Tuesday 25 August 2009

Boris must know Grayling's Wire argument is piffle

Shadow Home Secretary Chris Grayling offers an eye-catching but silly comparison for the August newspapers.

The Wire used to be just a work of fiction for British viewers. But under this Government, in many parts of British cities, The Wire has become a part of real life in this country too.

As Michael White points out, the comparison is hyperbolic and absurd, when it comes to the facts.

And Paul Waugh suggests that Grayling has neither watched the series, nor understood its central political message about why the type of posturing which he is engaged in fails, quoting David Simon's hope that politicians who use and abuse the series in which way will be told they are "full of shit".

But since Grayling's agenda is to get the Tory 'broken society' argument back up, somebody might tell Simon that the correct British expression for Grayling's speech is the rather politer piffle, as Boris Johnson previously said of his party's broken society argument.

So it is certainly to be hoped that the Mayor of London will be pointing out why Grayling's inaccurate stigmatising of "many parts of Britain's cities' is dangerous too.

Grayling's pose is progressive - "when the Wire comes to Britain, it is the poor who suffer" - but the analysis is not.

Grayling has little to say about the causes of social breakdown.

Why are these problems greater in the United States of America? Why, in his view, are we witnesssing "cultural changes going back a generation or more"? David Willetts tells us the Conservatives are now convinced by Richard Wilkinson's evidence about the importance of inequality in explaining the scale of social problems. There is no sense that Grayling has read it: there is not even a nod in the direction.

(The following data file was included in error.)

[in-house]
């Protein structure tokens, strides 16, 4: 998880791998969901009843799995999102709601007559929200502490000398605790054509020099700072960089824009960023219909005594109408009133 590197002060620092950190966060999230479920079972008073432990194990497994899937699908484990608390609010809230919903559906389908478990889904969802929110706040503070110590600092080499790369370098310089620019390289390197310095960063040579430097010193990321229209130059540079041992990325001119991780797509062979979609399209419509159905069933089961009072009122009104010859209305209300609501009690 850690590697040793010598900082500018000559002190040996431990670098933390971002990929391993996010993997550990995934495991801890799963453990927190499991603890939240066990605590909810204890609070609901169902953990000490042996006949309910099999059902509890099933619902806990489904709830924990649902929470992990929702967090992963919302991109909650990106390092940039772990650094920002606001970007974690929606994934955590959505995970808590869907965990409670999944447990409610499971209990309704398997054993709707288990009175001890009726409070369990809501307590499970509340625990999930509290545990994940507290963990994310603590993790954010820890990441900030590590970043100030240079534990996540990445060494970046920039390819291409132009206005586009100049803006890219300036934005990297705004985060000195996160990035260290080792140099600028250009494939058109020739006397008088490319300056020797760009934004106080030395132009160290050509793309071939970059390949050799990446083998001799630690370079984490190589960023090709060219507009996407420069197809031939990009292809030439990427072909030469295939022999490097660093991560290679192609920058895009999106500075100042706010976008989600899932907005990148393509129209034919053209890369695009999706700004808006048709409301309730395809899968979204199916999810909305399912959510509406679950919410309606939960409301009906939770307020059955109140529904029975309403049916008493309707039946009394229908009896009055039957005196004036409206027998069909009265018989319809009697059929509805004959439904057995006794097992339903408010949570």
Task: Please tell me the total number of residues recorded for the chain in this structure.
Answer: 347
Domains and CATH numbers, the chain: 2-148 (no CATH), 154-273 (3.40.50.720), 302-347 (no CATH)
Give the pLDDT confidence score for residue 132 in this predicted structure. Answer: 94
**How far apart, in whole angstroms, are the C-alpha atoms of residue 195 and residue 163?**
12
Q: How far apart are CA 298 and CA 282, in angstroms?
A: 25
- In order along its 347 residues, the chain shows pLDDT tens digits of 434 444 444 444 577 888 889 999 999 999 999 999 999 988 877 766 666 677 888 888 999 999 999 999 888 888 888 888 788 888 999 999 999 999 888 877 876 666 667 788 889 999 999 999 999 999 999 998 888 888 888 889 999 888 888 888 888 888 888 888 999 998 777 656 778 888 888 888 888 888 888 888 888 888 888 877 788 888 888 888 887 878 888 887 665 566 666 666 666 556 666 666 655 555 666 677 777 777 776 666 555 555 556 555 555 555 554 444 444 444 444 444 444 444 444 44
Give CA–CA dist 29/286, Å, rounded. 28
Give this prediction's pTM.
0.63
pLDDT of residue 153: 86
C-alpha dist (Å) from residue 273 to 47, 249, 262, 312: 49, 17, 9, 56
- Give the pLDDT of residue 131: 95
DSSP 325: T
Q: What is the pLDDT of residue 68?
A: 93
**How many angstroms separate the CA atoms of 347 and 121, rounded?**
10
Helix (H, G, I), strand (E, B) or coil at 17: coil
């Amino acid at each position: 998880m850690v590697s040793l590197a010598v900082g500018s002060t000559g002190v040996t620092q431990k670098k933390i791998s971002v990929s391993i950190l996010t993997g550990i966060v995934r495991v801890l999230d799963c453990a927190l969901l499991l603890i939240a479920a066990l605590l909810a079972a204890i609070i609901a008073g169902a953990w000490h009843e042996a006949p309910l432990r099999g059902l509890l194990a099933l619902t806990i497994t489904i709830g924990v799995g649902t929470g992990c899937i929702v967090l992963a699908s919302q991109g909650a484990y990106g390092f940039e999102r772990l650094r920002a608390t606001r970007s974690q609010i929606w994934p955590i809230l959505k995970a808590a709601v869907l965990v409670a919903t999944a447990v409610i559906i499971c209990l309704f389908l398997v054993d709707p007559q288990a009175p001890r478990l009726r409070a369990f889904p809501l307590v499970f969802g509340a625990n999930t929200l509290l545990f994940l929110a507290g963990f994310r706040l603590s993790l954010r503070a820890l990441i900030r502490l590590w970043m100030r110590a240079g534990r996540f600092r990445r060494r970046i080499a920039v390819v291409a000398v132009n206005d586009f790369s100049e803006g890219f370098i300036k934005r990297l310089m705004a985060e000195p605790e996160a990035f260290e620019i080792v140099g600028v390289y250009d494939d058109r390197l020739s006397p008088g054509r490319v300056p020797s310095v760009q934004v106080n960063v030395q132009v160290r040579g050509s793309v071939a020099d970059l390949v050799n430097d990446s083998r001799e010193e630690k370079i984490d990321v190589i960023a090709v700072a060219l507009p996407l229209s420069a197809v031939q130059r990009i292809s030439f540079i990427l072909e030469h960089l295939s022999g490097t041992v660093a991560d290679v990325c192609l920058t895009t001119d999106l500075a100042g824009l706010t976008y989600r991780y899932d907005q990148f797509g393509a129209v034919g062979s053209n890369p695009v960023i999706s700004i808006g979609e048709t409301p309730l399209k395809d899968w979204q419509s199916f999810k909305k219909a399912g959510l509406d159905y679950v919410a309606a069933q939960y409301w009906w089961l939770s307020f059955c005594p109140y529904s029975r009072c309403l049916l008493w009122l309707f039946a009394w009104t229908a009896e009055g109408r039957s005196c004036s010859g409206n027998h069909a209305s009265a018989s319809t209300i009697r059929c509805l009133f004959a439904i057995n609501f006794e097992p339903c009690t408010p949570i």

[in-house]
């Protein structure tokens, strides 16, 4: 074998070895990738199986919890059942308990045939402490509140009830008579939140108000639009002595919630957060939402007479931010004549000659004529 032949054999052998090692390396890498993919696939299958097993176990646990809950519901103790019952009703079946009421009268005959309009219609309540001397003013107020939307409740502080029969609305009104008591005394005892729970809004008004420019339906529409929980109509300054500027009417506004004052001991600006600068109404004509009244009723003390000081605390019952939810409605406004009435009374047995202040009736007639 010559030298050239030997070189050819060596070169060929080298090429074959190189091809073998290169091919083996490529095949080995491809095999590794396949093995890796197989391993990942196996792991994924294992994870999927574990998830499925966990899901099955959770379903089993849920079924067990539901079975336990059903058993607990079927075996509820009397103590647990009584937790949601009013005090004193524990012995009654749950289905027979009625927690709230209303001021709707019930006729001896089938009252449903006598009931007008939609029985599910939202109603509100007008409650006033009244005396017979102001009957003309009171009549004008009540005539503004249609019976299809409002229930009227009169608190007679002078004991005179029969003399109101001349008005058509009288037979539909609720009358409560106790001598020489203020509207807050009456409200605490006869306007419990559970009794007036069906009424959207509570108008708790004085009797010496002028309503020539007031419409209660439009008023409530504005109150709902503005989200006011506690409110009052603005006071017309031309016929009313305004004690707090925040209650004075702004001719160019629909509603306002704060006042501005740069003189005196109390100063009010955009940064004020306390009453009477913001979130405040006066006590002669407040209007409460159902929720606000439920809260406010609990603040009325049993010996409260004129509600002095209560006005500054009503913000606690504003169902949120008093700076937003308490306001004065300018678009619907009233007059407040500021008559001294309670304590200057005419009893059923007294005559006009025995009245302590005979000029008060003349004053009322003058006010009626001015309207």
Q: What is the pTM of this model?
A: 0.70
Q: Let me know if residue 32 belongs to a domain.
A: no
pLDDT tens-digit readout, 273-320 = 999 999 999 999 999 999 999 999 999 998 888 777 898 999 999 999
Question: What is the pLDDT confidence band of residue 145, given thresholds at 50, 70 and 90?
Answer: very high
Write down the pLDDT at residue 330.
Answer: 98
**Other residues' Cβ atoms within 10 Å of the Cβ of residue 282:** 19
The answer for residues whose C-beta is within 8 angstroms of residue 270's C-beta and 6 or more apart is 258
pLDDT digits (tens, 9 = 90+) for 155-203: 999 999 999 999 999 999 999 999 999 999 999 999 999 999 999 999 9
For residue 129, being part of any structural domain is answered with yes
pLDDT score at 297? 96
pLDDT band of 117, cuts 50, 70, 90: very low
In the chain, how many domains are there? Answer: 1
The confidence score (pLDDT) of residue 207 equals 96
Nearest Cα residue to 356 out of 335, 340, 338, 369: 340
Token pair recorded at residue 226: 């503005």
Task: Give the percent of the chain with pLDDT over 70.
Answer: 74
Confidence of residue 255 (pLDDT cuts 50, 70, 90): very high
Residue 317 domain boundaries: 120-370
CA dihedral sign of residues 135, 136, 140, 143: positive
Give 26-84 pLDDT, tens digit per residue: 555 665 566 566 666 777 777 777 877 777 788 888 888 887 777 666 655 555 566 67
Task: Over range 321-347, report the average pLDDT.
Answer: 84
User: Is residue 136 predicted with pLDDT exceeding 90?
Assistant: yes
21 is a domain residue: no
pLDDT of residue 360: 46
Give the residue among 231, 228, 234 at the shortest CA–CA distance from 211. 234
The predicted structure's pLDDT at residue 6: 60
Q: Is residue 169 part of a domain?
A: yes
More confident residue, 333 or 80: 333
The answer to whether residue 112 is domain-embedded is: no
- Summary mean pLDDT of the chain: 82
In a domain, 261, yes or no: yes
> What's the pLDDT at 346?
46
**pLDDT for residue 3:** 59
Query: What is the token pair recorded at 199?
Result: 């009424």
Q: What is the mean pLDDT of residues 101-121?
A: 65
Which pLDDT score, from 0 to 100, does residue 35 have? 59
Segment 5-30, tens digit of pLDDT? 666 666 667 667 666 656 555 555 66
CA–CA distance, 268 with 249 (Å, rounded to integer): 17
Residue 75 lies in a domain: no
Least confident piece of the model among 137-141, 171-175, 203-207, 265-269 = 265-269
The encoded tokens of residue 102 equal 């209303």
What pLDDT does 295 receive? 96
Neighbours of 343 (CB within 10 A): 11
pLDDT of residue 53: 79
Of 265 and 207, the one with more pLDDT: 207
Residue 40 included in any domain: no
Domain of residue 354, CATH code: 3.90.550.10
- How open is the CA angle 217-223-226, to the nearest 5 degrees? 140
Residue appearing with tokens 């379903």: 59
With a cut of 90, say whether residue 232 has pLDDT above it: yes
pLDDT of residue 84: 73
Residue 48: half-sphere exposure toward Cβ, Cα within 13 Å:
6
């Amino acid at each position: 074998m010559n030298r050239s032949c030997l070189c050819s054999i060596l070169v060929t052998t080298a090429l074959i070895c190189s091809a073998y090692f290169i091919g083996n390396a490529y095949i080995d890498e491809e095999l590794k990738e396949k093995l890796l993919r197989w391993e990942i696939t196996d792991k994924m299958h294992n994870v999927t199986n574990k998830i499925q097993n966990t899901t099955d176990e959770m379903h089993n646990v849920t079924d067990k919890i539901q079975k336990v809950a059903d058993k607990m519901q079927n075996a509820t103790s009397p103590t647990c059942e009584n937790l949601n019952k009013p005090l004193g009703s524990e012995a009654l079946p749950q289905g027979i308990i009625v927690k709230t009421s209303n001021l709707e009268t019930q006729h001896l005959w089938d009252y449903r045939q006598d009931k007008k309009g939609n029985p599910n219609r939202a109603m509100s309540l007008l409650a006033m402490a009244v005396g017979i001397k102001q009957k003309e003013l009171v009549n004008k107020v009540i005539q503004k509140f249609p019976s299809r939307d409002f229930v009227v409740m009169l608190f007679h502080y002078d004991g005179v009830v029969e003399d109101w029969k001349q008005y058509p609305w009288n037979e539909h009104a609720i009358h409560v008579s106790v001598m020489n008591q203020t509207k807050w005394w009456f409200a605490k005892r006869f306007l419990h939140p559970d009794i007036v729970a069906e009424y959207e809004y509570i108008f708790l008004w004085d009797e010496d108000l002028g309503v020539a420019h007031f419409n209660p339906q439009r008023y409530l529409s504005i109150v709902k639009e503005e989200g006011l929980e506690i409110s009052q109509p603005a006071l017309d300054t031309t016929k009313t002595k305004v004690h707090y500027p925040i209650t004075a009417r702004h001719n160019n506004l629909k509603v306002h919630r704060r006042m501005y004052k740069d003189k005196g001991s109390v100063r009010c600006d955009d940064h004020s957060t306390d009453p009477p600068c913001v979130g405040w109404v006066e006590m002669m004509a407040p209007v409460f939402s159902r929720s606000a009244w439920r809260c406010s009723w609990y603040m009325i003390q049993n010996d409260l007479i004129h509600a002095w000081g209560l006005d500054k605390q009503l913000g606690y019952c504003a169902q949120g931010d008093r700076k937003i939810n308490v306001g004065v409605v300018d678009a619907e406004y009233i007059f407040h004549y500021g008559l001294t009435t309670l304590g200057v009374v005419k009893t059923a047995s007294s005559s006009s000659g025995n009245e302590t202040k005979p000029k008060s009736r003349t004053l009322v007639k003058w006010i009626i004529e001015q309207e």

Instead Grayling does offer us a root cause: the benefits culture: "I remain convinced that this is the biggest problem at the core of our broken society, and that it has engendered a culture of irresponsibility in many parts of the country".

Why was an increased in these social problems triggered not by the introduction of universal welfare provision in the 1940s but following the enormous rise in social inequality in the 1980s? Perhaps Grayling believes that benefit recipients engineered a "culture of irresponsibility" among MPs and bankers too?

Finally, there is a very important strategic idea behind the way the modern Tories express this concern for social breakdown and the poor.

Everything Grayling says - under the cover of social concern - is intended to "other" and segregate "the poor" from the rest of society.

This is perhaps the most important strategic goal of the narrative of the "broken society' - developing the earlier right-wing argument about a crisis of "underclass".

This allows concern for 'social breakdown' to be expressed in a paternalistic way - while consciously undermining the sense of a universal approach. This deliberately separates issues of social breakdown from questions of the broader distribution of opportunity and power in British society - and is strategically designed to break-up social and political coalitions between the bottom and the middle.

When The Wire is invoked, it inevitably evokes a racial othering too. (Unwittingly on Grayling's part? Well, perhaps. But I would be surprised if the highly image-conscious Tory media team are flabbergasted at what picture desks might do with the story).

In many parts of Britain's cities, people are living lives that might be straight out of The Wire.

Not Grayling's. Not Middle England's. Not mine. And not yours - whoever you are, given the hyperbolic exaggeration involved.

But "theirs".

This is a myth and a lie.

But Grayling won't mind demonstrating his ignorance of The Wire - and he probably wanted a row about the state of our cities.
For the myth is being propagated for a political purpose - and it is not a progressive one.

This must be what matters to Grayling. Talking piffle is a small price to pay.

Talking piffle is probably a small price to pay.

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